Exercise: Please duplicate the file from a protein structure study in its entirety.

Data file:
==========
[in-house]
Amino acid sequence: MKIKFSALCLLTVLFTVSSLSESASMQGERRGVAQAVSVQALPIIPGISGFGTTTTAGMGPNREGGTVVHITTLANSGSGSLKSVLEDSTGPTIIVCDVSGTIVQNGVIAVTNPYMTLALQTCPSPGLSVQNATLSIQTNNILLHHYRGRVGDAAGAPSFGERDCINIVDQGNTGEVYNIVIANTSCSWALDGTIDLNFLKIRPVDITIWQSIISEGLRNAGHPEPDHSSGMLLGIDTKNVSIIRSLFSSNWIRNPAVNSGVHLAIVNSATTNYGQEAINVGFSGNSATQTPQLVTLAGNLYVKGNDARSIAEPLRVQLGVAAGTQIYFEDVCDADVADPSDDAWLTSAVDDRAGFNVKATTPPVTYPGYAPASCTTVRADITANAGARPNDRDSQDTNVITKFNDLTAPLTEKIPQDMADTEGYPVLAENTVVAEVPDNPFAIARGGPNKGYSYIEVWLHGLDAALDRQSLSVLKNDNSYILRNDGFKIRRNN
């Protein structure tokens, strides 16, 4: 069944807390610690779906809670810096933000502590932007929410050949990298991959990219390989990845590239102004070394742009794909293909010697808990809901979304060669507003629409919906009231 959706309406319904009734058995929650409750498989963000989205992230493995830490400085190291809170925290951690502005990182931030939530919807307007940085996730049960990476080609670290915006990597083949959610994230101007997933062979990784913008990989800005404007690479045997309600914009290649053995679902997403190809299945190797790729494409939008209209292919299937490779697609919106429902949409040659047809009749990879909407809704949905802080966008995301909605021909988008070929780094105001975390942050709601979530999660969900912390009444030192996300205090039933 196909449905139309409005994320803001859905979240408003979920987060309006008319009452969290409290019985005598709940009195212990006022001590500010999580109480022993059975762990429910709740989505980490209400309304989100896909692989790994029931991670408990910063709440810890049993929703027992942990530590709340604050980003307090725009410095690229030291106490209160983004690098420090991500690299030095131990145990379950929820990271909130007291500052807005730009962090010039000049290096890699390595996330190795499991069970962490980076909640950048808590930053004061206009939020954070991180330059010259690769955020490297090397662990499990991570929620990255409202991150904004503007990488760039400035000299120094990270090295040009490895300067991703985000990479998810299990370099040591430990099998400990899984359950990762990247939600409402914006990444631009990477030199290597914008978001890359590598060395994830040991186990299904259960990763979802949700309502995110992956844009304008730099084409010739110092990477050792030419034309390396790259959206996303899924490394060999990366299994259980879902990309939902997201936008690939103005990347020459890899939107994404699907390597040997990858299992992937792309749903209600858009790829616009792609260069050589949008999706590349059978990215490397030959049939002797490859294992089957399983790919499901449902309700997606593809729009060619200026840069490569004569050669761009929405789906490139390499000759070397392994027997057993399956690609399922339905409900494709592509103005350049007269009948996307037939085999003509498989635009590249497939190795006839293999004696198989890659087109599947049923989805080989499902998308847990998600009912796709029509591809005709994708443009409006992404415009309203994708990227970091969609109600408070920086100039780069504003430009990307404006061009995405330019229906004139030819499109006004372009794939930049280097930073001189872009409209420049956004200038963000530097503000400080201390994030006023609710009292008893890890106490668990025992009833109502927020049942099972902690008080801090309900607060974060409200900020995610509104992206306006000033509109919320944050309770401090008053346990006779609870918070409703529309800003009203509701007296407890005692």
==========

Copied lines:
[in-house]
Amino acid sequence: MKIKFSALCLLTVLFTVSSLSESASMQGERRGVAQAVSVQALPIIPGISGFGTTTTAGMGPNREGGTVVHITTLANSGSGSLKSVLEDSTGPTIIVCDVSGTIVQNGVIAVTNPYMTLALQTCPSPGLSVQNATLSIQTNNILLHHYRGRVGDAAGAPSFGERDCINIVDQGNTGEVYNIVIANTSCSWALDGTIDLNFLKIRPVDITIWQSIISEGLRNAGHPEPDHSSGMLLGIDTKNVSIIRSLFSSNWIRNPAVNSGVHLAIVNSATTNYGQEAINVGFSGNSATQTPQLVTLAGNLYVKGNDARSIAEPLRVQLGVAAGTQIYFEDVCDADVADPSDDAWLTSAVDDRAGFNVKATTPPVTYPGYAPASCTTVRADITANAGARPNDRDSQDTNVITKFNDLTAPLTEKIPQDMADTEGYPVLAENTVVAEVPDNPFAIARGGPNKGYSYIEVWLHGLDAALDRQSLSVLKNDNSYILRNDGFKIRRNN
């Protein structure tokens, strides 16, 4: 069944807390610690779906809670810096933000502590932007929410050949990298991959990219390989990845590239102004070394742009794909293909010697808990809901979304060669507003629409919906009231 959706309406319904009734058995929650409750498989963000989205992230493995830490400085190291809170925290951690502005990182931030939530919807307007940085996730049960990476080609670290915006990597083949959610994230101007997933062979990784913008990989800005404007690479045997309600914009290649053995679902997403190809299945190797790729494409939008209209292919299937490779697609919106429902949409040659047809009749990879909407809704949905802080966008995301909605021909988008070929780094105001975390942050709601979530999660969900912390009444030192996300205090039933 196909449905139309409005994320803001859905979240408003979920987060309006008319009452969290409290019985005598709940009195212990006022001590500010999580109480022993059975762990429910709740989505980490209400309304989100896909692989790994029931991670408990910063709440810890049993929703027992942990530590709340604050980003307090725009410095690229030291106490209160983004690098420090991500690299030095131990145990379950929820990271909130007291500052807005730009962090010039000049290096890699390595996330190795499991069970962490980076909640950048808590930053004061206009939020954070991180330059010259690769955020490297090397662990499990991570929620990255409202991150904004503007990488760039400035000299120094990270090295040009490895300067991703985000990479998810299990370099040591430990099998400990899984359950990762990247939600409402914006990444631009990477030199290597914008978001890359590598060395994830040991186990299904259960990763979802949700309502995110992956844009304008730099084409010739110092990477050792030419034309390396790259959206996303899924490394060999990366299994259980879902990309939902997201936008690939103005990347020459890899939107994404699907390597040997990858299992992937792309749903209600858009790829616009792609260069050589949008999706590349059978990215490397030959049939002797490859294992089957399983790919499901449902309700997606593809729009060619200026840069490569004569050669761009929405789906490139390499000759070397392994027997057993399956690609399922339905409900494709592509103005350049007269009948996307037939085999003509498989635009590249497939190795006839293999004696198989890659087109599947049923989805080989499902998308847990998600009912796709029509591809005709994708443009409006992404415009309203994708990227970091969609109600408070920086100039780069504003430009990307404006061009995405330019229906004139030819499109006004372009794939930049280097930073001189872009409209420049956004200038963000530097503000400080201390994030006023609710009292008893890890106490668990025992009833109502927020049942099972902690008080801090309900607060974060409200900020995610509104992206306006000033509109919320944050309770401090008053346990006779609870918070409703529309800003009203509701007296407890005692």